So, how are you supposed to breath?  The reality is that if you are doing a max effort for single or low reps you are going to hold your breath at some point and take advantage of the intra-abdominal pressure.  You just can’t avoid it.  However, most “experts” will say to breath out during the concentric part of the lift and in during the eccentric whenever possible.  This is what I’ve tried to do as well with most exercises.  There are some that I do the opposite.   For example, from time to time I mix in some high rep leg presses for a set of 100 or more reps nonstop (I know, real lifters don’t leg press….unless it’s an old school leg press like Ed Zercher used to do).  When I do these I have a lot of compression at the bottom so I breath out on the eccentric (going down), which is the opposite.  I basically breath in the way that keeps the intra-abdominal pressure lowest.

Bottom line:  Think about your breathing during each and every exercise!   Breath deep, through the stomach, not the chest.  Keep that intra-abdominal pressure as low as you can and save it for the big lifts!  By the way, I talked to my Mom’s doctor and he noted she was breathing with her chest, not her stomach and this was creating pressure in her abdomen and with her high blood pressure this was not good.  She is learning how to breath, too!

Back Extensions

by Al Myers

The top picture is the starting position for a Back Extension, while the lower picture is the finishing position.

This is an excellent “finishing movement” to a heavy night of deadlifting and squatting. On top of that, it is an Official USAWA Lift!  It is in our Rulebook and but TOTALLY ABSENT in our Record List.  NO ONE has ever done it in a record day and it has never been contested in a USAWA competition.   This surprises me as it is a great exercise that works the lower back.  I like doing them after my heavy training and train them in a higher rep fashion, but this lift is well-suited for a maximum attempt.  I’ll refresh everyone on the USAWA Rule for Back Extensions as I’m sure most lifters are not familiar with this lift:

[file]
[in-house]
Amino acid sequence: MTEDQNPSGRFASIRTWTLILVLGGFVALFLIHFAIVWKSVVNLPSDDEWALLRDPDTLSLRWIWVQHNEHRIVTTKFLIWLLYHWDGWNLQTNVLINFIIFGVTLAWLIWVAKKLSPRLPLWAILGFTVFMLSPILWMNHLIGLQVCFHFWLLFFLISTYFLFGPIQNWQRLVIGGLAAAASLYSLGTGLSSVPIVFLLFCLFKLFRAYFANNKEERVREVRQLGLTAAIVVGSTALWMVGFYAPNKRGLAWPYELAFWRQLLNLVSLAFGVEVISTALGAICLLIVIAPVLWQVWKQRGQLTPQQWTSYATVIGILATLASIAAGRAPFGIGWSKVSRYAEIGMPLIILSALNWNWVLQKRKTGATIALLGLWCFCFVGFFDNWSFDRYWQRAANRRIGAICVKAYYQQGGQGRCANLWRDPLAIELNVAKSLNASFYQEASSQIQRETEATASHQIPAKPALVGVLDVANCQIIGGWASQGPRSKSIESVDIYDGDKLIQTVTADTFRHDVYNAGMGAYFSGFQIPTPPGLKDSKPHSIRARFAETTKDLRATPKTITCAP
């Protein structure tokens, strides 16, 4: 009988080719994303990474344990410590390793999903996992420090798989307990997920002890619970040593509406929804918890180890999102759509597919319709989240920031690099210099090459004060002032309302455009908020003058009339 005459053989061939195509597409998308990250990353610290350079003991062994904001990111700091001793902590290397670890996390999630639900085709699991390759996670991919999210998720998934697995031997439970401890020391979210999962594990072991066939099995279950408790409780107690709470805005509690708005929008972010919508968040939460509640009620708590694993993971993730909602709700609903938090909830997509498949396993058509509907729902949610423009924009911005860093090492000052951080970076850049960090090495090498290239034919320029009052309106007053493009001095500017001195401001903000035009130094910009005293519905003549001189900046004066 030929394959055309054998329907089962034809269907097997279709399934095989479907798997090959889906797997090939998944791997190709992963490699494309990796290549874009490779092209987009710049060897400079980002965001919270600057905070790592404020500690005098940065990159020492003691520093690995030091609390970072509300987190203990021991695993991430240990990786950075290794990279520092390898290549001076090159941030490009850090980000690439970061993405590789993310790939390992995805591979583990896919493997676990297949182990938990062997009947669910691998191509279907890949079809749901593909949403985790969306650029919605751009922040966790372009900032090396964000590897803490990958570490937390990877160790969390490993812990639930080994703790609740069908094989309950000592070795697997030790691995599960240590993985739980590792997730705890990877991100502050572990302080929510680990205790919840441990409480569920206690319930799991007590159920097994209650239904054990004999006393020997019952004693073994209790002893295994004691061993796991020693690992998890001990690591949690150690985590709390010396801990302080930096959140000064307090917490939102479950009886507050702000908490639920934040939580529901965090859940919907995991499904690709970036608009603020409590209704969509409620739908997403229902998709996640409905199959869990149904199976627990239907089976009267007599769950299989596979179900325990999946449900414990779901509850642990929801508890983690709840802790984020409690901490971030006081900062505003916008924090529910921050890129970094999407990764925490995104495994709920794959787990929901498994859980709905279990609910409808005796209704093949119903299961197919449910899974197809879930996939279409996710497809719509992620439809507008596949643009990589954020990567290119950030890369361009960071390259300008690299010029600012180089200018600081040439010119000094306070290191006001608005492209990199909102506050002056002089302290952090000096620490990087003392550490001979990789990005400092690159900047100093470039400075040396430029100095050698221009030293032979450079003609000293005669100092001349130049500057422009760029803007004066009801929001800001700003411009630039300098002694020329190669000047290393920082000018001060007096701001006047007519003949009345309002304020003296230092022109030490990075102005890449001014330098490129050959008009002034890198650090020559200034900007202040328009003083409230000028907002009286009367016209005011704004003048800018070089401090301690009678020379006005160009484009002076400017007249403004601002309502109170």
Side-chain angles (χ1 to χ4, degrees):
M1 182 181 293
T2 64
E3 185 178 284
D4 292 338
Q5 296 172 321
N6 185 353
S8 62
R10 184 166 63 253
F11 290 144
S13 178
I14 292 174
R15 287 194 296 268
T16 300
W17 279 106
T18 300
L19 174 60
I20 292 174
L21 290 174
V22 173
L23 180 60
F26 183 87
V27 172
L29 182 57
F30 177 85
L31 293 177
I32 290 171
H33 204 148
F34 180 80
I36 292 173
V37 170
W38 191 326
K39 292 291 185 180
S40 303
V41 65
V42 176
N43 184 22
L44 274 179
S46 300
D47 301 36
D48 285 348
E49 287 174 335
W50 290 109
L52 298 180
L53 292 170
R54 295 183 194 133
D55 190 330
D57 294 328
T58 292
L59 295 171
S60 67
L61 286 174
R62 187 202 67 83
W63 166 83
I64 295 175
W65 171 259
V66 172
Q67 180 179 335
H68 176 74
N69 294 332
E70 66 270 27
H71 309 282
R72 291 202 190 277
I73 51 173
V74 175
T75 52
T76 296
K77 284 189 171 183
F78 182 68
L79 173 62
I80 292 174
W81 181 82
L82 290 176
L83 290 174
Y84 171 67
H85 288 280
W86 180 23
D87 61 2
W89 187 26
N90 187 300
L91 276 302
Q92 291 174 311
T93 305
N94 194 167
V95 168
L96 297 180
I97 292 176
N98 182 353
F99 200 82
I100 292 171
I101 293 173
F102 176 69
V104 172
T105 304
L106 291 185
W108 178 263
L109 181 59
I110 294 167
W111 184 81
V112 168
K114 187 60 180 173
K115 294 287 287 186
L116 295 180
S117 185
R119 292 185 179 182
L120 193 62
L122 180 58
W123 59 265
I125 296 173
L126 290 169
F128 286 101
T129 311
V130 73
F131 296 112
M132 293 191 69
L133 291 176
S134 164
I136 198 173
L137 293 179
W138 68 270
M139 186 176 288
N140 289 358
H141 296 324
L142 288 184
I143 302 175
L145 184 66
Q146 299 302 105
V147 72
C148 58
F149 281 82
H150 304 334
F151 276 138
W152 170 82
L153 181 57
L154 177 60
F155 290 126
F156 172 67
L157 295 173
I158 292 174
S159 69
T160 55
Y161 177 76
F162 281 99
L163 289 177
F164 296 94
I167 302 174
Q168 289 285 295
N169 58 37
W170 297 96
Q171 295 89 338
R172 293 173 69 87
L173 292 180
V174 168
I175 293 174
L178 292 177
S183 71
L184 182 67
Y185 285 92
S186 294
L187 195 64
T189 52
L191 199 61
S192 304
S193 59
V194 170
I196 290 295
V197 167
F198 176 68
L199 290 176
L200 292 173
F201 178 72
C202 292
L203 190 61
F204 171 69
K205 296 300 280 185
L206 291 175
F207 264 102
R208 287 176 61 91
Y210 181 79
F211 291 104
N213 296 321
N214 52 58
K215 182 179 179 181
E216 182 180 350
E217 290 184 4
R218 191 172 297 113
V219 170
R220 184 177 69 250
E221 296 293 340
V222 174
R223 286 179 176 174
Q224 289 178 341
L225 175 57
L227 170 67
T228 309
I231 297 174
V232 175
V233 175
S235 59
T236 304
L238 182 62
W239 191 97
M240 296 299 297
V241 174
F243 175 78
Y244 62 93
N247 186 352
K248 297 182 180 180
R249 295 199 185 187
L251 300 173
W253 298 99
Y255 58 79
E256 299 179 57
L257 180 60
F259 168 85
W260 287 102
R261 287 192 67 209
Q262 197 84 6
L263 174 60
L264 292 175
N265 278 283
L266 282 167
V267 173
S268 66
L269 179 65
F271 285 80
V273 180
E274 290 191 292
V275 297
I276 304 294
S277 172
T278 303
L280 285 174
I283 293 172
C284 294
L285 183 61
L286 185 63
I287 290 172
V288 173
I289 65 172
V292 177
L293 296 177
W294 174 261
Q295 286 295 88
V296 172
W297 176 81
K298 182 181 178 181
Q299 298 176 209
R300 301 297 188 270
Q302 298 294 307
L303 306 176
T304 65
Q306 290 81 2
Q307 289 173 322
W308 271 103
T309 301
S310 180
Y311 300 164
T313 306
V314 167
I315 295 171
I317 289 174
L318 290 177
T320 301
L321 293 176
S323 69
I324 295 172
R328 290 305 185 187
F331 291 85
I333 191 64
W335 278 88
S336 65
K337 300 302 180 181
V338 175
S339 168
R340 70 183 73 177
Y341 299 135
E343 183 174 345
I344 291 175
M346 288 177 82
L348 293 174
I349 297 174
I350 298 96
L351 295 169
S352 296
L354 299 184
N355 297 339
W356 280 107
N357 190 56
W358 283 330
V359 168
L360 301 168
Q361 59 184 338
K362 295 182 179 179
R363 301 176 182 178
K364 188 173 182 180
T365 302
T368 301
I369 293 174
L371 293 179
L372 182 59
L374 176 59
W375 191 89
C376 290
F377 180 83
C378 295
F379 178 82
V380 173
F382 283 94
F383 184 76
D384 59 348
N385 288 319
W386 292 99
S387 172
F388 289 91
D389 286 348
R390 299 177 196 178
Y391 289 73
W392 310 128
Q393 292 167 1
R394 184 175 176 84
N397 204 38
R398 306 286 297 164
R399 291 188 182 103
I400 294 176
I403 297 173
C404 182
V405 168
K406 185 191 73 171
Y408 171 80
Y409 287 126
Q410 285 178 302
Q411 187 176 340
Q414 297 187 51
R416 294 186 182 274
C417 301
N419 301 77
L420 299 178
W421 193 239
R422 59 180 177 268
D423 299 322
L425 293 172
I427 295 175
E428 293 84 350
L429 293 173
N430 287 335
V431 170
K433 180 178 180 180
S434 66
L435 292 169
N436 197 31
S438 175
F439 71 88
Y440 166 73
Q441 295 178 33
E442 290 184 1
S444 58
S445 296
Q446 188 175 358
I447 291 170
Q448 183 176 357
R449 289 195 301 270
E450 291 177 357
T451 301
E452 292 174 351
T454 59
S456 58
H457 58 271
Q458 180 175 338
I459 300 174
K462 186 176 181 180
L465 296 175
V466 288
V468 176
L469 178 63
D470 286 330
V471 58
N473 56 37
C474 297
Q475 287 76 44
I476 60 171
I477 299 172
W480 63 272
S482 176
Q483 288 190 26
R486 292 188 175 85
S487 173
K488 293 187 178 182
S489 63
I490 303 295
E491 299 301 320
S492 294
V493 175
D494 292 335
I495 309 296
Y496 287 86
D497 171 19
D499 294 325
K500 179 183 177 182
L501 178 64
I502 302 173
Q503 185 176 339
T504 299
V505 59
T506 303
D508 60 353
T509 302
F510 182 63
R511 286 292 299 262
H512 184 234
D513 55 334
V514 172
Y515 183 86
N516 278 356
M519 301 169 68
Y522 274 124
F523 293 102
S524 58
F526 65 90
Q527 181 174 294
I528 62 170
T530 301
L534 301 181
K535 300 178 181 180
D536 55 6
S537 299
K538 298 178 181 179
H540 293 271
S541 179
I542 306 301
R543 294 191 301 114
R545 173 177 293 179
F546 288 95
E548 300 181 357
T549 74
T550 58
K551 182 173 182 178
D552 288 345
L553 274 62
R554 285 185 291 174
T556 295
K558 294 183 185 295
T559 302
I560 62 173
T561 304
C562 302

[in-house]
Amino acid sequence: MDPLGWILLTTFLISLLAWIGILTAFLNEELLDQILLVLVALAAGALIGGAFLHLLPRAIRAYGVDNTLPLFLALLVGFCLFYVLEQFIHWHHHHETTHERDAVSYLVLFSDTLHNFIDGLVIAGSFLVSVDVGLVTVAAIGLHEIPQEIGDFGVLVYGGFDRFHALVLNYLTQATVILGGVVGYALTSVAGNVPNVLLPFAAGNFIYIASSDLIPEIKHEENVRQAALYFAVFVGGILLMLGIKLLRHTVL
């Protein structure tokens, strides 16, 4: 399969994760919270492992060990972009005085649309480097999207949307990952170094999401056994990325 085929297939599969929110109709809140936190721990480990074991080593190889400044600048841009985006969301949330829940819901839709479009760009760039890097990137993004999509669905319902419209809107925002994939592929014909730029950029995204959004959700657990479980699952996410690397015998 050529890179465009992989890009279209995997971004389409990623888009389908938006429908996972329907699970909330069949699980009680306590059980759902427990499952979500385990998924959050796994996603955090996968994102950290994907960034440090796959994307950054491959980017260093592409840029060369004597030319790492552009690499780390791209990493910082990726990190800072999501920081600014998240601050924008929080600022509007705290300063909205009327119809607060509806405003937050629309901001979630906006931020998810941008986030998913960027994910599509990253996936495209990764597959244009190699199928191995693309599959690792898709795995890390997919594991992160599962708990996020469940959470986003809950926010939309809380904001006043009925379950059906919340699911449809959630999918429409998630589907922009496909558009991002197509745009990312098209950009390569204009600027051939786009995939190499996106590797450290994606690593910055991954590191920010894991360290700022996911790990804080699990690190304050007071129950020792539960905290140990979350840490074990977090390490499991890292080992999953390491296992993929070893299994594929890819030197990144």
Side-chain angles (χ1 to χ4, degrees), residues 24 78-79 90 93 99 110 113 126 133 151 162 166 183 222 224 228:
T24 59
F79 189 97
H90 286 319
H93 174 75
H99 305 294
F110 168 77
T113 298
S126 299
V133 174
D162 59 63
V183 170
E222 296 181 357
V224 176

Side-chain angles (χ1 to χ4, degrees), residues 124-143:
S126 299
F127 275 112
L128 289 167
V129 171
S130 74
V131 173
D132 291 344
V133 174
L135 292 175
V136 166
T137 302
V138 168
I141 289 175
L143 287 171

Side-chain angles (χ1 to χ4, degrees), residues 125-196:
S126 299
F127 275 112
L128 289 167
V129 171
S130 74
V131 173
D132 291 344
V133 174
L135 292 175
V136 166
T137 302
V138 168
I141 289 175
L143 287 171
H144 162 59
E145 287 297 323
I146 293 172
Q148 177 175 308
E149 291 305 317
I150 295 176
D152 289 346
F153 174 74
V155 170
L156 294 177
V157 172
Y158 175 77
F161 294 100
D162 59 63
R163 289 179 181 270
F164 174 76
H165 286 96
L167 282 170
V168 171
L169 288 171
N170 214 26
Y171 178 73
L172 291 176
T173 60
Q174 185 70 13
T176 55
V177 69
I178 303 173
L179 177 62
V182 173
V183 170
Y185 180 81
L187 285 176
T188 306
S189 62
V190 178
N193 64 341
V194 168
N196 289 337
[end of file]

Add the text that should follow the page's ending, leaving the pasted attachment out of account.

D11.  Extension – Back

A Roman Chair or similar apparatus is used for this lift. A bar is placed in front of the Roman Chair on the platform. The lifter will take a position on the Roman Chair facing the platform that allows the lifter’s body to bend fully downward at the waist. The seat must not touch the lifter’s torso. The legs must be straight and may be secured. The seat must be parallel to the floor and must not be raised at any angle. At the lifter’s discretion, the lifter will bend at the waist to a 90 degree angle, and fix the bar into the crooks of the elbows, with the arms bent. Once in this position, an official will give a command to rise. The lifter will raise the body to a position where the line of the back is parallel to the platform. The bar must remain fixed in the crooks of the elbows or it will be a disqualification. There must not be any downward movement of the body once the body has started to rise. Once the lifter is motionless, an official will give a command to end the lift.

The biggest difficulty with this lift is having the proper apparatus to do it on.  The seat must be the perfect height to allow the lifter to bend at the waist and place the bar in the crooks of the elbows at a full bend of 90 degrees.  Also, the feet must be secured  staight back for support.  An apparatus like this is usually not available in most gyms, and thus probably why this lift has not been done.  I like using my Glute-Ham device for this as the seat and feet supports are adjustable and allows me to get into perfect position. 

I have never done a max attempt on Back Extensions, but just might do one at my next record day.  After all, it looks like setting a record in it would be very easy as there are not any!!! However, don’t expect to get an IAWA World Record in the Back Extension as this lift IS NOT an IAWA official lift.